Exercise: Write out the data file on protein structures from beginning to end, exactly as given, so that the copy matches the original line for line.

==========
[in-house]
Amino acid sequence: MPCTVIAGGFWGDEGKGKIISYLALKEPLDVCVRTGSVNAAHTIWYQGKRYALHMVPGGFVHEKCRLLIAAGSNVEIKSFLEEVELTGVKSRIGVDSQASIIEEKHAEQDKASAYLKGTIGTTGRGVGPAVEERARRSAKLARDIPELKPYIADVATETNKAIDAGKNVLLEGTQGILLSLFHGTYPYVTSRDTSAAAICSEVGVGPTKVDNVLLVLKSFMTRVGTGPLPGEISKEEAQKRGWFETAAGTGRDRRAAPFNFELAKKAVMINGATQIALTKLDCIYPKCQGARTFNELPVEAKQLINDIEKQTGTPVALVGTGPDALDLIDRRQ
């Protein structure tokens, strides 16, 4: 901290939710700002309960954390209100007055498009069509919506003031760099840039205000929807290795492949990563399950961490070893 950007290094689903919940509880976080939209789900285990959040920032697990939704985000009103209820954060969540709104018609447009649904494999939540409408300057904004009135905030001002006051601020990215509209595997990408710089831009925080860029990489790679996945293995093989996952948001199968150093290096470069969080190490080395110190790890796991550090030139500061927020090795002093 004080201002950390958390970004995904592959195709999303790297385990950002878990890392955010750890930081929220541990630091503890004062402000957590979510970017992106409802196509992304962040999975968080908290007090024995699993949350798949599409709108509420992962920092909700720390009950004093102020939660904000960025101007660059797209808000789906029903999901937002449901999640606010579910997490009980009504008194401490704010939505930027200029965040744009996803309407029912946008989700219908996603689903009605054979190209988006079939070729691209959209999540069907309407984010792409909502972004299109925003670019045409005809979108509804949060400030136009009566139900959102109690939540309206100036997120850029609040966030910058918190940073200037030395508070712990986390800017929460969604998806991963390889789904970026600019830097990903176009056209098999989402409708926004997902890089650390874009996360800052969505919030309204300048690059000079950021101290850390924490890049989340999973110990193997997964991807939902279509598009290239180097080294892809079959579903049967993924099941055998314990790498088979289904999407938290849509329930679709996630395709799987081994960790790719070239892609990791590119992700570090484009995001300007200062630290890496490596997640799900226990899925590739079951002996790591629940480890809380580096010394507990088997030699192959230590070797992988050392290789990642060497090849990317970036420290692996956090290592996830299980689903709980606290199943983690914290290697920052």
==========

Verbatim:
[in-house]
Amino acid sequence: MPCTVIAGGFWGDEGKGKIISYLALKEPLDVCVRTGSVNAAHTIWYQGKRYALHMVPGGFVHEKCRLLIAAGSNVEIKSFLEEVELTGVKSRIGVDSQASIIEEKHAEQDKASAYLKGTIGTTGRGVGPAVEERARRSAKLARDIPELKPYIADVATETNKAIDAGKNVLLEGTQGILLSLFHGTYPYVTSRDTSAAAICSEVGVGPTKVDNVLLVLKSFMTRVGTGPLPGEISKEEAQKRGWFETAAGTGRDRRAAPFNFELAKKAVMINGATQIALTKLDCIYPKCQGARTFNELPVEAKQLINDIEKQTGTPVALVGTGPDALDLIDRRQ
């Protein structure tokens, strides 16, 4: 901290939710700002309960954390209100007055498009069509919506003031760099840039205000929807290795492949990563399950961490070893 950007290094689903919940509880976080939209789900285990959040920032697990939704985000009103209820954060969540709104018609447009649904494999939540409408300057904004009135905030001002006051601020990215509209595997990408710089831009925080860029990489790679996945293995093989996952948001199968150093290096470069969080190490080395110190790890796991550090030139500061927020090795002093 004080201002950390958390970004995904592959195709999303790297385990950002878990890392955010750890930081929220541990630091503890004062402000957590979510970017992106409802196509992304962040999975968080908290007090024995699993949350798949599409709108509420992962920092909700720390009950004093102020939660904000960025101007660059797209808000789906029903999901937002449901999640606010579910997490009980009504008194401490704010939505930027200029965040744009996803309407029912946008989700219908996603689903009605054979190209988006079939070729691209959209999540069907309407984010792409909502972004299109925003670019045409005809979108509804949060400030136009009566139900959102109690939540309206100036997120850029609040966030910058918190940073200037030395508070712990986390800017929460969604998806991963390889789904970026600019830097990903176009056209098999989402409708926004997902890089650390874009996360800052969505919030309204300048690059000079950021101290850390924490890049989340999973110990193997997964991807939902279509598009290239180097080294892809079959579903049967993924099941055998314990790498088979289904999407938290849509329930679709996630395709799987081994960790790719070239892609990791590119992700570090484009995001300007200062630290890496490596997640799900226990899925590739079951002996790591629940480890809380580096010394507990088997030699192959230590070797992988050392290789990642060497090849990317970036420290692996956090290592996830299980689903709980606290199943983690914290290697920052």